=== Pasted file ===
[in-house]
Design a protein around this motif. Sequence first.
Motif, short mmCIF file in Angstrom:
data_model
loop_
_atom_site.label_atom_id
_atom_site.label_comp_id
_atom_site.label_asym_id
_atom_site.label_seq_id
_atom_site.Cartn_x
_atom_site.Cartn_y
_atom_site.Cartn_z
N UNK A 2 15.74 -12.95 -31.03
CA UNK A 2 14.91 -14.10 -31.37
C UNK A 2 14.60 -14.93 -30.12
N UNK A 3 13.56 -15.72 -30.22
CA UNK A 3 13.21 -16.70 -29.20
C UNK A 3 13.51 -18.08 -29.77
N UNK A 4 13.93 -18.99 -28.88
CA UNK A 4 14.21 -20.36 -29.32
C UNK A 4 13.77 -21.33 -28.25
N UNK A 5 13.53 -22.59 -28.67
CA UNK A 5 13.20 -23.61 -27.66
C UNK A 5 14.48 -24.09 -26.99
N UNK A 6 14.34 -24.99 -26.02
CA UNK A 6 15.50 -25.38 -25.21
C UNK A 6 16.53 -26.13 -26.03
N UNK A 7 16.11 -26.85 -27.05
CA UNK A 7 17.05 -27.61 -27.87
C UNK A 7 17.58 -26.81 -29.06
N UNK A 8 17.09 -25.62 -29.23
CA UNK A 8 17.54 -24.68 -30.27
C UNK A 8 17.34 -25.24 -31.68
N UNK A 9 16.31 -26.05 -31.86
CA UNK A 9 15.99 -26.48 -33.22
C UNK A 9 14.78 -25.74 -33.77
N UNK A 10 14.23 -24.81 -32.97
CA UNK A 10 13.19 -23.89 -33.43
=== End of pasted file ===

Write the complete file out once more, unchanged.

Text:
[in-house]
Design a protein around this motif. Sequence first.
Motif, short mmCIF file in Angstrom:
data_model
loop_
_atom_site.label_atom_id
_atom_site.label_comp_id
_atom_site.label_asym_id
_atom_site.label_seq_id
_atom_site.Cartn_x
_atom_site.Cartn_y
_atom_site.Cartn_z
N UNK A 2 15.74 -12.95 -31.03
CA UNK A 2 14.91 -14.10 -31.37
C UNK A 2 14.60 -14.93 -30.12
N UNK A 3 13.56 -15.72 -30.22
CA UNK A 3 13.21 -16.70 -29.20
C UNK A 3 13.51 -18.08 -29.77
N UNK A 4 13.93 -18.99 -28.88
CA UNK A 4 14.21 -20.36 -29.32
C UNK A 4 13.77 -21.33 -28.25
N UNK A 5 13.53 -22.59 -28.67
CA UNK A 5 13.20 -23.61 -27.66
C UNK A 5 14.48 -24.09 -26.99
N UNK A 6 14.34 -24.99 -26.02
CA UNK A 6 15.50 -25.38 -25.21
C UNK A 6 16.53 -26.13 -26.03
N UNK A 7 16.11 -26.85 -27.05
CA UNK A 7 17.05 -27.61 -27.87
C UNK A 7 17.58 -26.81 -29.06
N UNK A 8 17.09 -25.62 -29.23
CA UNK A 8 17.54 -24.68 -30.27
C UNK A 8 17.34 -25.24 -31.68
N UNK A 9 16.31 -26.05 -31.86
CA UNK A 9 15.99 -26.48 -33.22
C UNK A 9 14.78 -25.74 -33.77
N UNK A 10 14.23 -24.81 -32.97
CA UNK A 10 13.19 -23.89 -33.43